Renewables, on which Australia is now preparing to rely for 20 per cent of its energy by 2020, have a role, but they are unreliable and very expensive. Obama is trying to shift attention from the high cost and low utilisation rate of green power to the creation of green jobs, but it seems that most of the wind machines and solar stuff will be manufactured in China and other overseas locations.
Americans are also looking to the Australian pension model. American social security is under increasing stress as more baby boomers retire and start receiving entitlements ranging from pensions to Medicare, the government-run health-care system that is to all intents and purposes broke. We have heard wonderful stories about Australians' satisfaction with their mandatory savings plan, not all of them exactly true - witness your brawl over raising the retirement age.
But don't let American admiration of and affection for Australia go to your heads. It will not all be sweetness and light between our countries, as a recent report by the Lowy Institute makes clear.
Obama does not have the deep fondness for Australia that previous presidents have had. He does not regard with the same importance Australia's steadfast support of America in war after war, many of which he undoubtedly opposed.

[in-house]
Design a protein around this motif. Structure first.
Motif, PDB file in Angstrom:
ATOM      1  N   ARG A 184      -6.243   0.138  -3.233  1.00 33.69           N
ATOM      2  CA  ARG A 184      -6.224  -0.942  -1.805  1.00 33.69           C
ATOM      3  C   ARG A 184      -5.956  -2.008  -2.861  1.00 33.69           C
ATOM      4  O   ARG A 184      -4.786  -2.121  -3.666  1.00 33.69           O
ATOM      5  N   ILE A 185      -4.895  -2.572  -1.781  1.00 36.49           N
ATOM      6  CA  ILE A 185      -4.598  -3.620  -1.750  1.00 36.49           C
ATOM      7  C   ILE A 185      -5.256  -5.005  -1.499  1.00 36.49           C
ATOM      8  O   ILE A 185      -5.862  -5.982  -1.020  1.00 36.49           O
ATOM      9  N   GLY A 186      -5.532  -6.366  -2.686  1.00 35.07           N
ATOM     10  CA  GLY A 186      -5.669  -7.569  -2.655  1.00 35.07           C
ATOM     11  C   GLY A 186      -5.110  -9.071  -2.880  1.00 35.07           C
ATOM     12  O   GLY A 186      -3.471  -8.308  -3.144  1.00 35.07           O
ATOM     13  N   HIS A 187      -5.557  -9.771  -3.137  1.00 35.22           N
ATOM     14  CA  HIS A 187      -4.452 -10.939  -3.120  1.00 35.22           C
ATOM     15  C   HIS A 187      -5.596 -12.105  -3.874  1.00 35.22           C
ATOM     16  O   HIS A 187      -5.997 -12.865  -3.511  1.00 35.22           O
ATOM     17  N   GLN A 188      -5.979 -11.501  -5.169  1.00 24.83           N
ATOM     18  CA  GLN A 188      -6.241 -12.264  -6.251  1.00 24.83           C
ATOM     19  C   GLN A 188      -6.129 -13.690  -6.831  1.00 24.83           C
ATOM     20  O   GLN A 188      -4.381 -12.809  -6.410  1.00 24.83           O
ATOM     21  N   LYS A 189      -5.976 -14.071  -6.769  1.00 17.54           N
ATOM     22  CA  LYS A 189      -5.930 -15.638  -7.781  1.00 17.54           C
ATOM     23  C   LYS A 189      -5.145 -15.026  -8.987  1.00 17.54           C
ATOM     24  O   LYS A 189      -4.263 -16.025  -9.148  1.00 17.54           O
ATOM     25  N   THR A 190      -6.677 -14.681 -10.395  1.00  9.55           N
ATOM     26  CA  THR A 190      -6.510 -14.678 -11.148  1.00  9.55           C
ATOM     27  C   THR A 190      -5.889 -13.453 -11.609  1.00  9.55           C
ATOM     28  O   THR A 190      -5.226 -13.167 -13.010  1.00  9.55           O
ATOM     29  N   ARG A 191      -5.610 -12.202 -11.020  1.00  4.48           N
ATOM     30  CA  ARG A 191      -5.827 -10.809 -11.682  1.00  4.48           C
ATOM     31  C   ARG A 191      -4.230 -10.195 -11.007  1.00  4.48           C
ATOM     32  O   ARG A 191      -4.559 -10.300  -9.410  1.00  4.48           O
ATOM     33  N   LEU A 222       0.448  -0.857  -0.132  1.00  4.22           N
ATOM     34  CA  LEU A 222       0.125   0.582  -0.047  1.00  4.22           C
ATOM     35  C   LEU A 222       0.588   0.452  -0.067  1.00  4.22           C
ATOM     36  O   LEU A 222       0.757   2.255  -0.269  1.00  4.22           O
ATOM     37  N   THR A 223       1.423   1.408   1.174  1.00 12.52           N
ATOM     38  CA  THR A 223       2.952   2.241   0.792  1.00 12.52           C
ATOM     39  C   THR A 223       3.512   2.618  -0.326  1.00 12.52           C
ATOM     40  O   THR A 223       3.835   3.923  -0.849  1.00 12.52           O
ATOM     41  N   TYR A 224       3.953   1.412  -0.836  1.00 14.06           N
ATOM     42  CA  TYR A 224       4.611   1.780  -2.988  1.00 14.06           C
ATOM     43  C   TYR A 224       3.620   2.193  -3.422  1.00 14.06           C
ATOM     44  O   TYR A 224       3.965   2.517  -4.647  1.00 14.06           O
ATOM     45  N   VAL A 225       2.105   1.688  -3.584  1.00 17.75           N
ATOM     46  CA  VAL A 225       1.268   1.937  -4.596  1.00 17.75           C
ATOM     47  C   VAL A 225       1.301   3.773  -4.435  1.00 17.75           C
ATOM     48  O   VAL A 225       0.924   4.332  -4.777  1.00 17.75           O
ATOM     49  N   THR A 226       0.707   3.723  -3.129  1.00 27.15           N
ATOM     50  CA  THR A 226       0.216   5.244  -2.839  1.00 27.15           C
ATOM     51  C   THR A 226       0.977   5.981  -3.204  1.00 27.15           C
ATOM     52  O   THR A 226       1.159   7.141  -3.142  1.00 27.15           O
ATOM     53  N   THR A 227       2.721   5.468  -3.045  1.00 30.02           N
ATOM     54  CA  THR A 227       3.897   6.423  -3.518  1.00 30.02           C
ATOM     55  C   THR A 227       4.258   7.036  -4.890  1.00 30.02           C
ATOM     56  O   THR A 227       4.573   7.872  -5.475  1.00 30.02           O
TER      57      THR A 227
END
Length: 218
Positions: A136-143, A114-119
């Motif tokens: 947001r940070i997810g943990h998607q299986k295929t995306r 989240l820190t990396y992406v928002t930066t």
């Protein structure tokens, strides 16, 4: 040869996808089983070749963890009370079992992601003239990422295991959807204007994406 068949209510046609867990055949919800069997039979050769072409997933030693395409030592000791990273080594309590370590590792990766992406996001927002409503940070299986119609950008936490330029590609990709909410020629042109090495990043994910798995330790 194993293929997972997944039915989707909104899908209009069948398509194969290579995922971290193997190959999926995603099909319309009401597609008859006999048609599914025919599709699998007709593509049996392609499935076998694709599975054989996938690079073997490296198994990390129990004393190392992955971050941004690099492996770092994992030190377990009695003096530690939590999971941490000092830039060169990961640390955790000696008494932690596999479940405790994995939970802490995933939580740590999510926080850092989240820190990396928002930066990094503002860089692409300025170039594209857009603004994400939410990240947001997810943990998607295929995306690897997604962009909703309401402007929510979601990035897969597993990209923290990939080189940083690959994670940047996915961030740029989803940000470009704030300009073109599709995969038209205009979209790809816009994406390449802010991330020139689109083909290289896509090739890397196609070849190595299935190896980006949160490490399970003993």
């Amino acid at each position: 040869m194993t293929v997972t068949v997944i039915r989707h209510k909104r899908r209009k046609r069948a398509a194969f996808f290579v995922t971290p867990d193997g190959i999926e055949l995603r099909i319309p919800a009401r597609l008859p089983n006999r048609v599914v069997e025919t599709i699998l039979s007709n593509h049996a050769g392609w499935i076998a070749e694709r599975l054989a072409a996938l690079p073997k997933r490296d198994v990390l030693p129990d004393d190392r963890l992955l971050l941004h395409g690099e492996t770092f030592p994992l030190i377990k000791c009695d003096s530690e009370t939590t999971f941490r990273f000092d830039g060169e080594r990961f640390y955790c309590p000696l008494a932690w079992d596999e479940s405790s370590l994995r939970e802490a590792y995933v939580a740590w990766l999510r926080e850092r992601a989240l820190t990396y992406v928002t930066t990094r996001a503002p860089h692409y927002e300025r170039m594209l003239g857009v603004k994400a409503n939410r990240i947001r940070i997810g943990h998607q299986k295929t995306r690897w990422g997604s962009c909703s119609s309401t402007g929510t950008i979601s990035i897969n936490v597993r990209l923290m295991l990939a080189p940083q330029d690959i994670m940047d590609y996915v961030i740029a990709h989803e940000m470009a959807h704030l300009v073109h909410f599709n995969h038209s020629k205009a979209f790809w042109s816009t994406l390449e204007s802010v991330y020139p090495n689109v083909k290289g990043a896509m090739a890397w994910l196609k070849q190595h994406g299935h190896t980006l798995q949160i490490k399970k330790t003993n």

He is not an instinctive free trader; witness his support for the Dairy Export Initiative to subsidise our exports, and his willingness to allow "Buy American" provisions to creep into our stimulus legislation.
He would be less likely than George W. Bush to craft any import-restricting regulations to favour Australia, as Bush did when he clamped down on steel imports. He will be less likely to understand the importance of a tight alliance with Australia to contain the regional ambitions of China.
And he has already told Prime Minister Rudd that he will not transfer functions from the G-8, a group in which Australia is not represented, to the G-20, where it does have a voice.
Americans' fondness for your country is a great national asset for Australia, especially at the Pentagon and in Congress. It is now less bankable in the White House.
Irwin Stelzer is a Senior Fellow and Director of Economic Policy Studies for the Hudson Institute. He is also the U.S. economist and political columnist for The Sunday Times (London) and The Courier Mail (Australia), a columnist for The New York Post, and an honorary fellow of the Centre for Socio-Legal Studies for Wolfson College at Oxford University. He is the founder and former president of National Economic Research Associates and a consultant to several U.S. and United Kingdom industries on a variety of commercial and policy issues. He has a doctorate in economics from Cornell University and has taught at institutions such as Cornell, the University of Connecticut, New York University, and Nuffield College, Oxford.